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    That's my thinking too Jaime. I told Al that it just seemed to me that perhaps the carb was the problem since we know the dwell is correct and it starts and runs so smooth for a short time and then starts acting up. If it sits for a little while it will start and run good again but only briefly. I think he is planning to get a rebuild kit.
     
  4. CHRYNY

    CHRYNY New Member

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    In addition to the carb/fuel/fuel delivery, also check out the vacuum advance on the distributor to make sure it is working and does not have a ruptured diaphram, the vacuum pulloff for the choke, the choke, and choke adjustment in general.
     
  5. Bob Lincoln

    Bob Lincoln "CHECK FAULT CODES"
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    If the choke pulloff were misadjusted, it would not run well for 30 seconds and then stall - it would run rough and stall right away.

    I'm thinking that either the float is off, or more likely, the needle and seat are stuck open, allowing too much fuel in. It might take 30 seconds for it to pump enough fuel to flood it out. A carb rebuild would take care of that problem.
     
  6. CHRYNY

    CHRYNY New Member

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    After it stalls out, with the engine not running and power turned off when you pump the accelerator pedal can you see normal fuel spray in the barrel of the carb? Or is it dry? Any black smoke before it shuts down? Also, you could try spraying some carb cleaner into the needle/seat inlet to see if it frees up the needle assuming it is stuck open. Also, is rubber fuel line ok by fuel outlet of fuel tank?
     
  7. bigbassmann

    bigbassmann New Member

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    Not sure about any of this and won't be able to get back to it at least until this weekend because of Al's work schedule. I can say that I don't recall any black smoke before the engine shut down but then again my focus was in the engine bay trying to adjust the position of the distributor in the hope that the timing was the culprit and Al was inside the car. He is going to get a carb rebuild kit for sure since we have no idea if the carb has ever been worked on and if so when it was done. I will make a list of the things you asked about (my memory isn't what it used to be so I don't want to forget anything :) ) so we can check things out. Thanks for the replies. You guys are great.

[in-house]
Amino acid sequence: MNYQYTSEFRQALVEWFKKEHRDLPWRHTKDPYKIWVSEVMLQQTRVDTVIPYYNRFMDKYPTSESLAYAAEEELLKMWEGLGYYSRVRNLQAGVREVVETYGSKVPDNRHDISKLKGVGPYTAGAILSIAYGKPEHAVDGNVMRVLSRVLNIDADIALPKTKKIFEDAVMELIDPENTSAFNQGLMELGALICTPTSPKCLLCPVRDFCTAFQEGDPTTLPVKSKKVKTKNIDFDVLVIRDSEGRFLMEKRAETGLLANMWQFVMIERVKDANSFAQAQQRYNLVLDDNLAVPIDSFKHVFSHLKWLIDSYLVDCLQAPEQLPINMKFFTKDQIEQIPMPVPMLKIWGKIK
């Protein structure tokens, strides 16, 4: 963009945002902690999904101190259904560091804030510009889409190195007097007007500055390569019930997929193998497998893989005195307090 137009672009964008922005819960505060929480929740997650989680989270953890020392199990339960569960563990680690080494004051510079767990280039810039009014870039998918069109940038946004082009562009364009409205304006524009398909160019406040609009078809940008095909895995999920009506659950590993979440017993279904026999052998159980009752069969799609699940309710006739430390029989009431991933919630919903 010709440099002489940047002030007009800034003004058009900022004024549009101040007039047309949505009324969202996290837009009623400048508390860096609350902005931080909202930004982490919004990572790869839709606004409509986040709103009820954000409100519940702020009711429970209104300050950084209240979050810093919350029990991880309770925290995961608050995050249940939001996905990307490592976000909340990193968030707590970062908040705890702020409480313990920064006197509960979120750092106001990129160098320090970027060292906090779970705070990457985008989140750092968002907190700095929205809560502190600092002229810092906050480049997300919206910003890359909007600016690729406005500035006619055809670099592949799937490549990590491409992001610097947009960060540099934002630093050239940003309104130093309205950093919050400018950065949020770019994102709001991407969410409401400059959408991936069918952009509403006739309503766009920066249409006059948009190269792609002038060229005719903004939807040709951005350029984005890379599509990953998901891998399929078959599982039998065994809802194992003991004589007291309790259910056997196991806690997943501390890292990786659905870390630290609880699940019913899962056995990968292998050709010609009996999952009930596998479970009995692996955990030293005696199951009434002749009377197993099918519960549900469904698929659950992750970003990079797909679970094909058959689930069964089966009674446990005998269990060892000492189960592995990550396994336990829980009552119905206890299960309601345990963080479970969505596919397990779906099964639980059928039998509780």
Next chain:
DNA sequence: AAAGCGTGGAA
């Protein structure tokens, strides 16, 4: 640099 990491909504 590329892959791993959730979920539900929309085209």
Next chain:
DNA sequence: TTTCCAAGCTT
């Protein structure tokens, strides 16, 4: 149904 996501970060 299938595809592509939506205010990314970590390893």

8. CHRYNY

    CHRYNY New Member

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    One other item. If it turns out that you float is bad and needs to be replaced, you have to buy that seperately - it does not typically come in a carb rebuild kit.
     
  9. chuzz

    chuzz Well-Known Member

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    Now I KNOW that you're all going to think this is a stupid question, but I'm going to ask it anyway. Are you sure you're setting the points corretly? The distributor shaft has flat spots and high spots on it. Kind of like a large nut. The points have to be set at the correct gap when they're on one of the high points, not one of the flat spots. I'm sure you guys have set them correctly, but I have to ask anyway. It's just the way I am. They call this point "high cam" or used to back in the 70's when I was a kid and my dads cars all had point style distributors.
     
  10. chuzz

    chuzz Well-Known Member

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    Could it possibly be a ballast resistor going bad? I don't know, I'm just asking.
     
  11. bigbassmann

    bigbassmann New Member

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    We still haven't had time to get back to this yet, just too many irons in the fire I suppose.

    To answer your question Chuzz, yes, we set the points on the "high cam" point. That isn't a stupid question either as a lot of the young guys now days wouldn't even know what you are talking about. My buddy, Al, that owns this car wanted to get a dwell meter a few weeks ago so he asked his son, who works at Auto Zone, if they sold them. His reply was "What is that"? :facepalm: